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SV: SV: What's a valid instance...James Clark

From: Bryan Rasmussen <BRS@itst.dk>
Date: Fri, 23 Mar 2007 10:26:29 +0100
Message-ID: <A2DF252098C9AD4B9781453BE4C5422B02FBE525@excw2k301.koncern.local>
To: "Michael Kay" <mike@saxonica.com>, <xmlschema-dev@w3.org>
Cc: "C. M. Sperberg-McQueen" <cmsmcq@acm.org>

>I'm not saying it would be bad to have an optional clause in the schema that
>says whether or not a given element declaration is allowed to serve as a
>validation root; but it's certainly highly desirable to allow a schema to
>define lots of possible validation roots.


Probably, but I think the lack of this facility in XML Schema has led to an
awful XML design decision (at least aesthetically but I believe aesthetics
important on a productivity angle, things are harder to understand this way)
on the part of many large XML projects . And this design decision is the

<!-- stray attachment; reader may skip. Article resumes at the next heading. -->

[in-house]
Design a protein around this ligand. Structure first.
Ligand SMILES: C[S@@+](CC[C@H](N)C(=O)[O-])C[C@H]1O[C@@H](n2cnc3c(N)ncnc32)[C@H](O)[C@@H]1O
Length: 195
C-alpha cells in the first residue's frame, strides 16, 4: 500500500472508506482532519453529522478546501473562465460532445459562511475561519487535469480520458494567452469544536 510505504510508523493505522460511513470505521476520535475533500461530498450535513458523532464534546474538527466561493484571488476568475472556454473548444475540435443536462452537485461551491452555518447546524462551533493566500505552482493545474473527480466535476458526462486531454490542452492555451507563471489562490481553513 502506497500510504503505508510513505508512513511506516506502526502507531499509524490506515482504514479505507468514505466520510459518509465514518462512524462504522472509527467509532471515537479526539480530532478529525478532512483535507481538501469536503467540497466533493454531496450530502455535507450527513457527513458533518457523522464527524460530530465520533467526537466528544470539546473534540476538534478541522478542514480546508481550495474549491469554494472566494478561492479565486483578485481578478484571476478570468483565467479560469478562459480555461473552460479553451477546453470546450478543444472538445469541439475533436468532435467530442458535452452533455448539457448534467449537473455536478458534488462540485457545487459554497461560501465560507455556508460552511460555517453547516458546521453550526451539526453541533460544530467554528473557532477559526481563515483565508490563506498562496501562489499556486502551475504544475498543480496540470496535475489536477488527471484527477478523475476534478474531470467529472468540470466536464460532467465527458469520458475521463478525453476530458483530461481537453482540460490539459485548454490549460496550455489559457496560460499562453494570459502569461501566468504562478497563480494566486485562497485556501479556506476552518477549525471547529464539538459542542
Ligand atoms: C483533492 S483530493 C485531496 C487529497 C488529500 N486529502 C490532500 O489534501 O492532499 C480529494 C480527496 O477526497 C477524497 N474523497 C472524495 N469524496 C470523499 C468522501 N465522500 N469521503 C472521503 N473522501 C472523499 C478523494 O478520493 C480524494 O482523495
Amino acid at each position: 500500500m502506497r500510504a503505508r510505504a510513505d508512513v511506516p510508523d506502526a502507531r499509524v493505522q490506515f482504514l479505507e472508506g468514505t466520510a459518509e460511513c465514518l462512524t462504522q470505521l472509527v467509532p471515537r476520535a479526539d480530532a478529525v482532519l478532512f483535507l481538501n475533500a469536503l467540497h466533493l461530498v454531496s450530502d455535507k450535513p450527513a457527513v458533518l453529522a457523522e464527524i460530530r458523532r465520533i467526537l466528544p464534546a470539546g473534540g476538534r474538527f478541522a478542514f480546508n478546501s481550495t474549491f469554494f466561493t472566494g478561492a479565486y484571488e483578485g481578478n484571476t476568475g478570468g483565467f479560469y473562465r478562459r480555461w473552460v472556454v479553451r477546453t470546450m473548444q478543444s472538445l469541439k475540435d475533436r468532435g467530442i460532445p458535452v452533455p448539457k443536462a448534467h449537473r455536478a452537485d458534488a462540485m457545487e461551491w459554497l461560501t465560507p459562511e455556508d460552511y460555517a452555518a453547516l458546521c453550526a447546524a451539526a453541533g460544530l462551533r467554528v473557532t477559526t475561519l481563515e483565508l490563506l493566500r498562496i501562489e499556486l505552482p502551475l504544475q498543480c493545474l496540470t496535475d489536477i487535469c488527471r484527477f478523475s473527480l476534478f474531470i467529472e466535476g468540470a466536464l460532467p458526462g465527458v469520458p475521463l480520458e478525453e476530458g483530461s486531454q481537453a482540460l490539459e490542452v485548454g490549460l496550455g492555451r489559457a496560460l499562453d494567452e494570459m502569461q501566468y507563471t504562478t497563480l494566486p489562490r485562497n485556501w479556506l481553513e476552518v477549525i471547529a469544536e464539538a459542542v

proliferation of namespaces that as far as I can see just exist so as to
provide a single element validatable in that namespace (since by default most
processors when told to validate namespace x and a schema that validates
namespace x will do strict validation)

Thus what one ends up with is XML like this

<a:ProblemDomainDocumentElement xmlns:a="http://example.org/a"
xmlns:b="http://example.org/b">
<b:ProblemDomainClass>something or other here</b:ProblemDomainClass>
</a:ProblemDomainDocumentElement>

now I have seen a lot of this kind of structure over the last few years and I
really can't remember seeing much of it before XML Schema became the de facto
standard for doing validation in XML. And I think it is a response to this
lack of being able to define a validation root. But you may have another
opinion. 

Cheers,
Bryan Rasmussen
Received on Friday, 23 March 2007 09:28:36 UTC

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